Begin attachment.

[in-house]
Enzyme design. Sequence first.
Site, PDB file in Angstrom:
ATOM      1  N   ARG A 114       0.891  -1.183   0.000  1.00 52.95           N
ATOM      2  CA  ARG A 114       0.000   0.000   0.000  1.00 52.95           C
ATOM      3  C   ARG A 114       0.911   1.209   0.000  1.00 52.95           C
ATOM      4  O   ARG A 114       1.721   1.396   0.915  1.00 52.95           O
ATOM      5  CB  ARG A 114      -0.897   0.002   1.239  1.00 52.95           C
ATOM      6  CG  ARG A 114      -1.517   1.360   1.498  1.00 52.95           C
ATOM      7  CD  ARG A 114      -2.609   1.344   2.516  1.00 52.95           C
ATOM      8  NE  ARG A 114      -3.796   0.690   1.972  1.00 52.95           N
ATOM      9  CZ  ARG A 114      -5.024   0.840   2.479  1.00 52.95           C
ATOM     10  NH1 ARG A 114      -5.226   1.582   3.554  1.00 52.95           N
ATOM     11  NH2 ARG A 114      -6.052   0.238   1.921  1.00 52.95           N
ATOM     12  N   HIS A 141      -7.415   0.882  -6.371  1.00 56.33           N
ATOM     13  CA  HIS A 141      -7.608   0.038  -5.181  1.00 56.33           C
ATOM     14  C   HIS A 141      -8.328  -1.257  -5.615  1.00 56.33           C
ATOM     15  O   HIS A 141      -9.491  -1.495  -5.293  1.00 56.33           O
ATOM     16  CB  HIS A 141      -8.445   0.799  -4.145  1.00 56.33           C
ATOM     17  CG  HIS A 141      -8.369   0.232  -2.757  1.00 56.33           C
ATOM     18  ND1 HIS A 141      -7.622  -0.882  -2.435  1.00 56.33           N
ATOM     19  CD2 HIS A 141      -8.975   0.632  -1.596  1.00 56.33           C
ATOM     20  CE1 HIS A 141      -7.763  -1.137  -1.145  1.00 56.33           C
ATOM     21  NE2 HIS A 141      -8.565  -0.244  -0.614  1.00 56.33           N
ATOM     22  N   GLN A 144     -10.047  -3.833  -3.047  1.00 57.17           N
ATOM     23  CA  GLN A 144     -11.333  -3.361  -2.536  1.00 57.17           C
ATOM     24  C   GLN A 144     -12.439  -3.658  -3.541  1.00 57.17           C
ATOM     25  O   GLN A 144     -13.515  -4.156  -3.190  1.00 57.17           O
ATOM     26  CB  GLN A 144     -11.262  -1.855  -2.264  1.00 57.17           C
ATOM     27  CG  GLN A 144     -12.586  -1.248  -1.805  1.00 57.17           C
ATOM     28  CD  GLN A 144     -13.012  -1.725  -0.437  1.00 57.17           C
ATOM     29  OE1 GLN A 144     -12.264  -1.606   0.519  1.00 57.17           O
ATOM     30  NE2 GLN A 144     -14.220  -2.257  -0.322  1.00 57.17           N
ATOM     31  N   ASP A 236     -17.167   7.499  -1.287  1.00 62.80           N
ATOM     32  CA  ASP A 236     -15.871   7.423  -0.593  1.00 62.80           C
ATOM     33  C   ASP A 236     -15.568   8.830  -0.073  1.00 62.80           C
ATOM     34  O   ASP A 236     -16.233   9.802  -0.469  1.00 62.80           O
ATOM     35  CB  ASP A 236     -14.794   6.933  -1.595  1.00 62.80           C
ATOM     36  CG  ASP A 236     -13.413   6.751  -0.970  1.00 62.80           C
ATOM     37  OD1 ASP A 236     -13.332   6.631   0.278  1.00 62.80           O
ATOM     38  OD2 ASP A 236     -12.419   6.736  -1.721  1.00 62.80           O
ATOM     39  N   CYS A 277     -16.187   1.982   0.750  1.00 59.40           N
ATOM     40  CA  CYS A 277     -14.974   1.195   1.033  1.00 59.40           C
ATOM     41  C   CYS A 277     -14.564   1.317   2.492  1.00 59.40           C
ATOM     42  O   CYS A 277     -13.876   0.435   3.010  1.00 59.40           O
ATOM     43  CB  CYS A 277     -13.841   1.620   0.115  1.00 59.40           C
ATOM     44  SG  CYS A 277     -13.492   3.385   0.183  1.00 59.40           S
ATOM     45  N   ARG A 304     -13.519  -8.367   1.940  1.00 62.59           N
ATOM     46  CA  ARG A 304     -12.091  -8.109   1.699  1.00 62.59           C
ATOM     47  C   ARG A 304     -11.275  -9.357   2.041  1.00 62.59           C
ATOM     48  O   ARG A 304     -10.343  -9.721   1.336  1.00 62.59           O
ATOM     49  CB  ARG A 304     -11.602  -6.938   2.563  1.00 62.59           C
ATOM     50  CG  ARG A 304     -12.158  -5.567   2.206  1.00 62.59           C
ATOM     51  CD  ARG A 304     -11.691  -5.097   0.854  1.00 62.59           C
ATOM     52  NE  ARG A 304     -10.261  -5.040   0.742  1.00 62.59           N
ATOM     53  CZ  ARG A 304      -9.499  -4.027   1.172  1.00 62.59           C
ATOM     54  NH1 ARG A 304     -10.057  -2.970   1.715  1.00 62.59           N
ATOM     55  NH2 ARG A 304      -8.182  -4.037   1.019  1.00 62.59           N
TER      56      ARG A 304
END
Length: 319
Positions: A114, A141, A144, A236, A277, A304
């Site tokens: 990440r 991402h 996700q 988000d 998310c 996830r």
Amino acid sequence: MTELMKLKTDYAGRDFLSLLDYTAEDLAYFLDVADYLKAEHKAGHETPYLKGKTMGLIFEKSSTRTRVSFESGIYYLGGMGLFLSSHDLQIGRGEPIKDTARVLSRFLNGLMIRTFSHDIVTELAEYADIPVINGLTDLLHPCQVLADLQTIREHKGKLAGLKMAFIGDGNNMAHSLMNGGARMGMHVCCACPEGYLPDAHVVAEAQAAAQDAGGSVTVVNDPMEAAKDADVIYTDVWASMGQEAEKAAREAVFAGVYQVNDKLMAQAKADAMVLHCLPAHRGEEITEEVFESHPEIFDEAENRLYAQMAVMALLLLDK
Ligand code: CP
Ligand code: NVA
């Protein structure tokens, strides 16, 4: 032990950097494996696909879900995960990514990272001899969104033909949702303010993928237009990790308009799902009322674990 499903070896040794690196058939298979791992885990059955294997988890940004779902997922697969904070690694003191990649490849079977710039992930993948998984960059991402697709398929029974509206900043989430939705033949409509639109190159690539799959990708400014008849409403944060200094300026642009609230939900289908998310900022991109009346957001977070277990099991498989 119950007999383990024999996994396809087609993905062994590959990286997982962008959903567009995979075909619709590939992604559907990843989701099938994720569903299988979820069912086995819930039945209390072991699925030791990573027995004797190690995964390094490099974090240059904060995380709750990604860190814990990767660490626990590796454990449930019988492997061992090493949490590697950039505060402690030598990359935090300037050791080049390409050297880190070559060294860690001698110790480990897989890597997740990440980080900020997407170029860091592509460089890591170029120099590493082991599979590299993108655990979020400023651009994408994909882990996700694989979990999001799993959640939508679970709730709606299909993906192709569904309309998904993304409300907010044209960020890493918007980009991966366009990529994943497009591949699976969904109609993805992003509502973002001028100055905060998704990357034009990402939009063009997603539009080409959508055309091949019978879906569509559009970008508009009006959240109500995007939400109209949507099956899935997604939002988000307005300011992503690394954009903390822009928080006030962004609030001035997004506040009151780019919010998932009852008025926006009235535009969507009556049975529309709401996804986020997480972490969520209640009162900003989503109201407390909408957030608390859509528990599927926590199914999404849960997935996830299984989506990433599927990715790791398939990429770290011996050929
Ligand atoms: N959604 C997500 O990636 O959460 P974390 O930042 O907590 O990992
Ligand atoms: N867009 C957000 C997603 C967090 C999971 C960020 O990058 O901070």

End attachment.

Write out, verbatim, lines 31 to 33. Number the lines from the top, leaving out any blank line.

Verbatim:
ATOM     28  CD  GLN A 144     -13.012  -1.725  -0.437  1.00 57.17           C
ATOM     29  OE1 GLN A 144     -12.264  -1.606   0.519  1.00 57.17           O
ATOM     30  NE2 GLN A 144     -14.220  -2.257  -0.322  1.00 57.17           N